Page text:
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The Daily Wildcat

The Daily Wildcat

 

    Loads of fun at Club Crawl

    Andi Berlinarts columnist
    Andi Berlin
    arts columnist

    The douchey guy in the cheap beige suit was barking into his megaphone so loudly that I couldn’t even hear the wailing guitars and drunken chants coming from inside the fence.

    “”I used to be into all that gang activity like violence and gangbanging,”” he shouted unaware of the embarrassing word slip. “”But now I’ve let Christ into my life. Don’t venture into the depths of hell. Get out while you still can.””

    Amongst a chorus of “”shut ups,”” the man gave the megaphone to another guy wearing a basketball jersey who continued to preach until he was nudged by a police officer. I turned my face toward the intimidating crowd in front of me and pulled a buzzing phone to my ear.

    “”They won’t let anyone into They Might Be Giants because they want another $15,”” my friend screamed into the phone. “”I’m not going to pay any more for this mess.””

    I pushed through throes of O’Malley’s fans and drunken sports-goers with ’90s goatees until I finally got inside, and then spent another 10 minutes pushing through hundreds more just to get to Club Congress, where I said I’d meet him.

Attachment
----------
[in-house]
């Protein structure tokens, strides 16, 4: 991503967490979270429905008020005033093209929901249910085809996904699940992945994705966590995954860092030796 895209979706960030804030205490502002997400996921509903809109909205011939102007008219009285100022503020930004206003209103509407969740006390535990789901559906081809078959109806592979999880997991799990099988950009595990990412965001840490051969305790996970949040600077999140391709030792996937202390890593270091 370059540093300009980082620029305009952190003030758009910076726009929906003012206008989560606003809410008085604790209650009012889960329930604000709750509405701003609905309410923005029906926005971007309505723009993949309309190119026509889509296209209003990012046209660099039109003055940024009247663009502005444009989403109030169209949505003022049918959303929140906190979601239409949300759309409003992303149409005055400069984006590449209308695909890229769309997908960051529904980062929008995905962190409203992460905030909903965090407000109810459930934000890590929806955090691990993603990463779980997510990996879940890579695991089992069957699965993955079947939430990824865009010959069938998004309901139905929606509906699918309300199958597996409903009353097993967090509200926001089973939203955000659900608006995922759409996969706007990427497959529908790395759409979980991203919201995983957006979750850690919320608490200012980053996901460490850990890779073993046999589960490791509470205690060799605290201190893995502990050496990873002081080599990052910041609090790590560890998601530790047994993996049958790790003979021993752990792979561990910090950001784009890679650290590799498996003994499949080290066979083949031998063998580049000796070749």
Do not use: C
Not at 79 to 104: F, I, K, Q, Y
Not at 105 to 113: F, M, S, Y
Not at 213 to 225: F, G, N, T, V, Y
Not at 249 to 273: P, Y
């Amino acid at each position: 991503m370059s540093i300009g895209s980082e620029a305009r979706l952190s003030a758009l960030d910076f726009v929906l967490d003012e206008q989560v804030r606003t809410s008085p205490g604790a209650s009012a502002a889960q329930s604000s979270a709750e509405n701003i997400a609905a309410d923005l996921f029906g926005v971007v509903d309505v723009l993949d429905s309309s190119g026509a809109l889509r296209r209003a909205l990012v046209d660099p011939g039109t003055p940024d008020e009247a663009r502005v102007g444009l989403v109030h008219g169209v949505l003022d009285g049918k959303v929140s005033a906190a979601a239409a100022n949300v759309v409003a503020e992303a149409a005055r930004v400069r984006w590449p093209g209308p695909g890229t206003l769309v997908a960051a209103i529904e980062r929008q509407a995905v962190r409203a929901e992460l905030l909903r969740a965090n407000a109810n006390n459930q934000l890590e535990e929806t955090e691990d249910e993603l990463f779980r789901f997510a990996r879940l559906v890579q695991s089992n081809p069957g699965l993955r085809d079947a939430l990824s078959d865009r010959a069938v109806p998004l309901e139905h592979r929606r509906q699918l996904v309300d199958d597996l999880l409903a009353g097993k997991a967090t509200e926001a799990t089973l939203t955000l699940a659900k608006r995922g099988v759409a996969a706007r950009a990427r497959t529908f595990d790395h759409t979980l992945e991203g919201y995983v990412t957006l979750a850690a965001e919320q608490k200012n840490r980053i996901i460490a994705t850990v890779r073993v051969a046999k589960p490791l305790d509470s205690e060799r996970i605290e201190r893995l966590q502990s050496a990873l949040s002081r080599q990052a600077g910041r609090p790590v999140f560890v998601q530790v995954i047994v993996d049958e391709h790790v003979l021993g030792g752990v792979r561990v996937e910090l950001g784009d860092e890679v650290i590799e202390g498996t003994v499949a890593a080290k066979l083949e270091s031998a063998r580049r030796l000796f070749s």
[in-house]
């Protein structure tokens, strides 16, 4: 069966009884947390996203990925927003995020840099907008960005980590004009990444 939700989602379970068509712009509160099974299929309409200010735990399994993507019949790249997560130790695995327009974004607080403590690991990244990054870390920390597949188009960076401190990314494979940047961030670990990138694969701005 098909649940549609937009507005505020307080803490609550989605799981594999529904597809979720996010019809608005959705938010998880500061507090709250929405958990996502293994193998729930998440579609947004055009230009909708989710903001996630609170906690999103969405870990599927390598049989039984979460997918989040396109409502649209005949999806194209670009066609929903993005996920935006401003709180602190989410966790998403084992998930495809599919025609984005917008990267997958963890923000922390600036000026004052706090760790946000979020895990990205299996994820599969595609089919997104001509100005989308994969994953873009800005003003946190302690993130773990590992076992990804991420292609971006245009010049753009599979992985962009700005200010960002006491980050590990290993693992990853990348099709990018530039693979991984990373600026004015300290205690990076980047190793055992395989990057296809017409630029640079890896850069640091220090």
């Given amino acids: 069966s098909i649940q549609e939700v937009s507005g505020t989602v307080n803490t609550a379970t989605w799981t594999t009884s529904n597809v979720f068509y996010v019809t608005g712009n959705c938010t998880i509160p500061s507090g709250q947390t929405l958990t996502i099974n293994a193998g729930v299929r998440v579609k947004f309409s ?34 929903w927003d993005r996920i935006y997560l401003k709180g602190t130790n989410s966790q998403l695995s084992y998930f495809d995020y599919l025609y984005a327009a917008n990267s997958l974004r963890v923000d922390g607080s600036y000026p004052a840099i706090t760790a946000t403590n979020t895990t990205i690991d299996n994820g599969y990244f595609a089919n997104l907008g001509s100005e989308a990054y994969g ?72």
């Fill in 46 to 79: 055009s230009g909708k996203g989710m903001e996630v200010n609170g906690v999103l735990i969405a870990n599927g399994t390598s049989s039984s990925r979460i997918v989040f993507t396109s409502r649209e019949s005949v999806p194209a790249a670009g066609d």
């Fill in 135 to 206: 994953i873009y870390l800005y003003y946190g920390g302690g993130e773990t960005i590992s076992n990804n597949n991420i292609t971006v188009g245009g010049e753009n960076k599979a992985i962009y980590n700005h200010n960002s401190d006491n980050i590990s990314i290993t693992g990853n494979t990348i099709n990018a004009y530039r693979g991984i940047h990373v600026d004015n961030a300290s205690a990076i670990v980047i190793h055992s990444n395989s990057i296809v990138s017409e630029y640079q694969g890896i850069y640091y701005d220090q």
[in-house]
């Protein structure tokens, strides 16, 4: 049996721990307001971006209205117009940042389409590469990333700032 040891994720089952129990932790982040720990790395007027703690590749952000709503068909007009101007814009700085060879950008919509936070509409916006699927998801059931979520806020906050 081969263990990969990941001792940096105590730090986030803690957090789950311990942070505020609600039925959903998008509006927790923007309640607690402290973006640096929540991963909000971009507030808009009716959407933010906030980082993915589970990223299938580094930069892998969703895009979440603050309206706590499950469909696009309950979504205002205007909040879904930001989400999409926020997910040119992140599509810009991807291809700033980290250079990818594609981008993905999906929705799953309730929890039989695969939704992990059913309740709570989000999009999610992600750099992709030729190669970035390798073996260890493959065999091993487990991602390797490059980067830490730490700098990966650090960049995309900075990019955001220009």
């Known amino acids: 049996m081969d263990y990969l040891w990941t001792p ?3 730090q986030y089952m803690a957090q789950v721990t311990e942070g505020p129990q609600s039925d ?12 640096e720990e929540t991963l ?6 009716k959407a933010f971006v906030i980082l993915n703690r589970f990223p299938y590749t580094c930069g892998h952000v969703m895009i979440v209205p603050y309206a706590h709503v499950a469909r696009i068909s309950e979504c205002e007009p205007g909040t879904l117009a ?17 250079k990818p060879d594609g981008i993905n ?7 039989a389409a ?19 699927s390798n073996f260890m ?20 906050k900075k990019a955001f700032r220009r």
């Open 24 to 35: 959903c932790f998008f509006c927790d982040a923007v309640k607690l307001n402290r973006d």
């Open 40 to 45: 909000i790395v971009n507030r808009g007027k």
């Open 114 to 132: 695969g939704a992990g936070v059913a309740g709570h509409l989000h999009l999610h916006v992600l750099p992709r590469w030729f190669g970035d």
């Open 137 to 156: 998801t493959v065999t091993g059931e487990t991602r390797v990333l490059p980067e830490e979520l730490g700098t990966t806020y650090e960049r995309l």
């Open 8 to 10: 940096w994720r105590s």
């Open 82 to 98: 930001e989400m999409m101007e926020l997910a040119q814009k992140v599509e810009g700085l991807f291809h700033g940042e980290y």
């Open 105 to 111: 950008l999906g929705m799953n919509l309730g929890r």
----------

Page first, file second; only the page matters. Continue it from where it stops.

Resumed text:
When I got there, I was met with a myriad of lines and a bouncer who was refusing to let people in. So then I walked over to The District and was turned away again, by my favorite bartender no less. This was getting ridiculous. Everyone was roaring drunk and pushing into each other, the lines were so long that people were pissing on the port-a-potties instead of inside them, and all of the good bands were impossible to see, if there were any. The only music in earshot was the ghetto rap played by a DJ inside a tiny and awkward tattoo shop and a lame rock band in khakis jamming at the Bud Light stage.

    Suddenly, the words of those street preachers began to resonate in my mind. Club Crawl wasn’t exactly hell, but more like a purgatory for lost souls who sinned so much during life that they weren’t allowed to see the Love Mound performance yet. Instead, they were forced to wander eternally through the dirt of the former Fourth Avenue Underpass and spend astoundingly long amounts of time in line for a Budweiser. There was no hope.

    Alone, severely pissed off and painfully sober, I tried Congress one more time. I think they recognized me from before, because the bouncer winked at me when he finally let me inside the fence, as if that made everything better. But finally I was satisfied. For the first time of the night, I was actually listening to a band.

    Mostly Bears was jamming onstage and holding up a statue of the Virgin De Guadalupe.

    I liked them. Their sound reminded me of a smart mix between a typical indie rock group and The Mars Volta, with vocals that ironically sounded like a more sinister Brandon Boyd from Incubus. Their dark hymns pierced the night air; the echoing holy cries of singer Brian Lopez, the jangling guitars, the hammering beats of the drum.

    There’s something strangely empowering about being alone at a concert, especially a chaotic one like Club Crawl. It’s a feeling of motivated anonymity; it allows you to hear the music all for yourself. To slip in and out of the crowd aesthetic; to own your musical experience.

    It almost made the whole Club Crawl experience worth it, until the band finished playing and I encountered the exit line.

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